The “Dark” Reality of a “Fair” Market: a Case against “Racist” Trademarks & the Pernicious Precipices of Public Policy

7 Baku St. U. L.Rev. 129 (2021)
Article language: English.


“To know values is to know the meaning of the market”

Charles Dow

The tragic death of George Floyd on 25 May 2020 and the subsequent protests (as a part of the #BlackLivesMatter Movement) that shook the world thereafter have once again, brought the deep-rooted issues of xenophobia and casteism to the fore. However, it is quite ironic that from India’s Fair & Lovely Face Cream1 to America’s Aunt Jemimah’s Pancake Syrup2 – products with inherently racist and/or xenophobic credentials are not just commonplace, but have also shown solid growth across capital markets worldwide.

As the origin of any marketable product lies in the realm of Intellectual Property (IP), the present article seeks an answer to just one question. Is it possible to refuse the registration of, or to delist a Trademark on the account of it being “racist” or “xenophobic” and thus opposed to the principles of public policy? If so, are there any legal hurdles involved?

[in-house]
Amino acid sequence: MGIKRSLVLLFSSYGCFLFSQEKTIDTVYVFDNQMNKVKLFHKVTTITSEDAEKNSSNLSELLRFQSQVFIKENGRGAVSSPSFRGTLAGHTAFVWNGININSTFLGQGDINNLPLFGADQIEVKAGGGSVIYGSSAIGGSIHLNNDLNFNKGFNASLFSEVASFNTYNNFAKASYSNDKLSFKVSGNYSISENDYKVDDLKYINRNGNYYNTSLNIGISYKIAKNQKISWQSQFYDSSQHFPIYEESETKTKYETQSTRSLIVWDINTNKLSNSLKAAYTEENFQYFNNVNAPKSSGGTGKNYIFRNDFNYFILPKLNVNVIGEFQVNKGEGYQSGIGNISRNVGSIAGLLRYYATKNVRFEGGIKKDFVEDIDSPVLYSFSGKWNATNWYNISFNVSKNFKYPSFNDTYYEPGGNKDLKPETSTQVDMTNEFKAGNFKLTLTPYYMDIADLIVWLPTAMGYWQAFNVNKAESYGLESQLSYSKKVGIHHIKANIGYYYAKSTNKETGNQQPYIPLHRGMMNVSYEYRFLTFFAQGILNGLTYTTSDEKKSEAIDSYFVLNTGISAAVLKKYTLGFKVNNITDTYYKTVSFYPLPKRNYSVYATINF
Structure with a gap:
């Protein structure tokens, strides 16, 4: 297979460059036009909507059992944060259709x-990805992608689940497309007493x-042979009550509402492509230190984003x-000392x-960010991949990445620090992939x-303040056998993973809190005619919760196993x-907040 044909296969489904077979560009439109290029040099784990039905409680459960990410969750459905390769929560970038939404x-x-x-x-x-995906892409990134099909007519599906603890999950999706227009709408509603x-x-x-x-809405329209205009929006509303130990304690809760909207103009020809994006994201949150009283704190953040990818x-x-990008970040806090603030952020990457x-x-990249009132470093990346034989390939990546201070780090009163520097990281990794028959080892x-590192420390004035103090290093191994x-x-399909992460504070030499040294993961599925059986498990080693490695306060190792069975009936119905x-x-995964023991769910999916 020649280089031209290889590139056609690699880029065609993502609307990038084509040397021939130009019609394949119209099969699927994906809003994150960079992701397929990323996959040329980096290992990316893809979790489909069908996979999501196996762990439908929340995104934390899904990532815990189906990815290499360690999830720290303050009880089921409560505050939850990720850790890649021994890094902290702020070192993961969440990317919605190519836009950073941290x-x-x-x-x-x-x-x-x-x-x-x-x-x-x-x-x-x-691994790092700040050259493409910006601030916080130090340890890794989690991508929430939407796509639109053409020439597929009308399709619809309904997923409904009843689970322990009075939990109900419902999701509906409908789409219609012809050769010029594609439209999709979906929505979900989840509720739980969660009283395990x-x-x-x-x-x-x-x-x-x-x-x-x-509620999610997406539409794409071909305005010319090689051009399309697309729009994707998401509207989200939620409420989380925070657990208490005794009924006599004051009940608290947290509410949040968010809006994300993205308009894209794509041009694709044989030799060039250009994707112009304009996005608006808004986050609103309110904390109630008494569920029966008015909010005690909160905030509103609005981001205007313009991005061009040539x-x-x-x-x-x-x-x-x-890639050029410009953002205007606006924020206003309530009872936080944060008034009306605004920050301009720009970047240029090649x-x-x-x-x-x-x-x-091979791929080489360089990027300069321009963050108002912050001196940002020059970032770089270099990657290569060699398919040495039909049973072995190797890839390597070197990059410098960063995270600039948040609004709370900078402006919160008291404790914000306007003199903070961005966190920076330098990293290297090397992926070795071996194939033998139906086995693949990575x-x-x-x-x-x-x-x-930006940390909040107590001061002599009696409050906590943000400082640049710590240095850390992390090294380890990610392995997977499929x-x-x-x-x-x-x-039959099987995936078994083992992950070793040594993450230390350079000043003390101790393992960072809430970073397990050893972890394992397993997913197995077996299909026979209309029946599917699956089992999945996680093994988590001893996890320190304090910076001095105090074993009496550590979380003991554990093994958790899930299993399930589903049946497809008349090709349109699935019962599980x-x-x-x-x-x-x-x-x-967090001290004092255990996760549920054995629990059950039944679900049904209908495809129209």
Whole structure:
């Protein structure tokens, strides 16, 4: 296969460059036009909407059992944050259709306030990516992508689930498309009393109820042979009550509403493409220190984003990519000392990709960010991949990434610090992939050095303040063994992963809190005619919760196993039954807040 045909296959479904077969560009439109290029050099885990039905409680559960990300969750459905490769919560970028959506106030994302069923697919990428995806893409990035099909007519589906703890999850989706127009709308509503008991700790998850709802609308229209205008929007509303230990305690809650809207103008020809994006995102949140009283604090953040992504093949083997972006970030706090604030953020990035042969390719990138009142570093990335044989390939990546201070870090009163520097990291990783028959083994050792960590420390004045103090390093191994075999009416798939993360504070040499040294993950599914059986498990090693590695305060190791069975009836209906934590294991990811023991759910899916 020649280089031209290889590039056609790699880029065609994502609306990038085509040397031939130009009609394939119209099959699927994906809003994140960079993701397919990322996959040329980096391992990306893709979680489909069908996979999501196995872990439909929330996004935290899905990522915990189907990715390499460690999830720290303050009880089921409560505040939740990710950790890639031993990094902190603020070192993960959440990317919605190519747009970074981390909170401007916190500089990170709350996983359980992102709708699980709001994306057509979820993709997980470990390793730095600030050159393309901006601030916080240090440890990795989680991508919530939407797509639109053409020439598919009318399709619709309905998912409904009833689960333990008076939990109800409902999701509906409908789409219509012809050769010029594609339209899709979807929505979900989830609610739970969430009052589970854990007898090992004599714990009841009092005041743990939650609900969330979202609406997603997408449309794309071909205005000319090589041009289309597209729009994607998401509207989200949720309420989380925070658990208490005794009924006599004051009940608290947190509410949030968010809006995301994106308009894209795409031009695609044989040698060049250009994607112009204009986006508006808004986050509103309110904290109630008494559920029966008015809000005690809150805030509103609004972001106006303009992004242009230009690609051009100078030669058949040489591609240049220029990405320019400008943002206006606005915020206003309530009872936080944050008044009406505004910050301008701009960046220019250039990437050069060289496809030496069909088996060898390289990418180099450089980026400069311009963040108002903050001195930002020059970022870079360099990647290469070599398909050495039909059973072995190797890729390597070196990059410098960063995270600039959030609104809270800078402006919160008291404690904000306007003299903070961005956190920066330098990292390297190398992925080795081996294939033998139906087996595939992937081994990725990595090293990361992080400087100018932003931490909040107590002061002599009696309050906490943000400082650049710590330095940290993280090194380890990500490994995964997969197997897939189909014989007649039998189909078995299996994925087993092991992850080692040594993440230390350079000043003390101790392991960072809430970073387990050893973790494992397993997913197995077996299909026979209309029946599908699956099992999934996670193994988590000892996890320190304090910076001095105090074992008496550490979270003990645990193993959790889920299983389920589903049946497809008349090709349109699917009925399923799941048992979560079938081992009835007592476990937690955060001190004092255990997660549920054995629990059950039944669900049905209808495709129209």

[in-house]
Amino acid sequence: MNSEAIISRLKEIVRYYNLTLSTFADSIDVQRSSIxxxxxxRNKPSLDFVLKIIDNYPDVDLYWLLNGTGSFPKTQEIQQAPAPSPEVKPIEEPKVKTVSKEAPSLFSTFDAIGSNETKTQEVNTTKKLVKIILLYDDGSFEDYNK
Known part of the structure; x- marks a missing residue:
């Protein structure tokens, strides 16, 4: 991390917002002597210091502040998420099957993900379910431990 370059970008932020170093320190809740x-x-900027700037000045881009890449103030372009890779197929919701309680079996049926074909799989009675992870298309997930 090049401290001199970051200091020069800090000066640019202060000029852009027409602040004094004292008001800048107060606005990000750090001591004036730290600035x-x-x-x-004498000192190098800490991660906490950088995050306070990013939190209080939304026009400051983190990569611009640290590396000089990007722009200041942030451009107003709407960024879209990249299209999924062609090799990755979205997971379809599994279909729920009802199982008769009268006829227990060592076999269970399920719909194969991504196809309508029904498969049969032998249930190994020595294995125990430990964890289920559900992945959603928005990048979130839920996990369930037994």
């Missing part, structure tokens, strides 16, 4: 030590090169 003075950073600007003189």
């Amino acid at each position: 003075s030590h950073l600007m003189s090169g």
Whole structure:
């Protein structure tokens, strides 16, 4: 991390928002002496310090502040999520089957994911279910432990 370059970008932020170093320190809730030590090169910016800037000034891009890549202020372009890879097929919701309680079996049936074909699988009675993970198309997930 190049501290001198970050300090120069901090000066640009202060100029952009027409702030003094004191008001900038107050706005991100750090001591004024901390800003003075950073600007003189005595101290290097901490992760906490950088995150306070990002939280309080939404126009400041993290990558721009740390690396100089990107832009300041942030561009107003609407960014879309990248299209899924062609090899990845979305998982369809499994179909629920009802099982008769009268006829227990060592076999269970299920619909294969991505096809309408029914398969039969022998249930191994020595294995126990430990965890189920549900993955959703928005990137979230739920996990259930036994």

The authors shall try to answer this question by looking at past and present instances of Trademark Application rejections, Case Laws” and National and International regulations. This paper shall also seek to move a step forward from Bonadio’s publication related to ‘Racist Trademarks’, published in the Marquette Intellectual Property Law Review3 by looking at how the #BlackLivesMatter and #MeToo movements have proven how the antediluvian principles of “laissez faire” and “Public Policy” ignore certain deep-rooted truths about caste, race, economic privilege and the deeply fractious nature of social milieus in America and other Commonwealth states.

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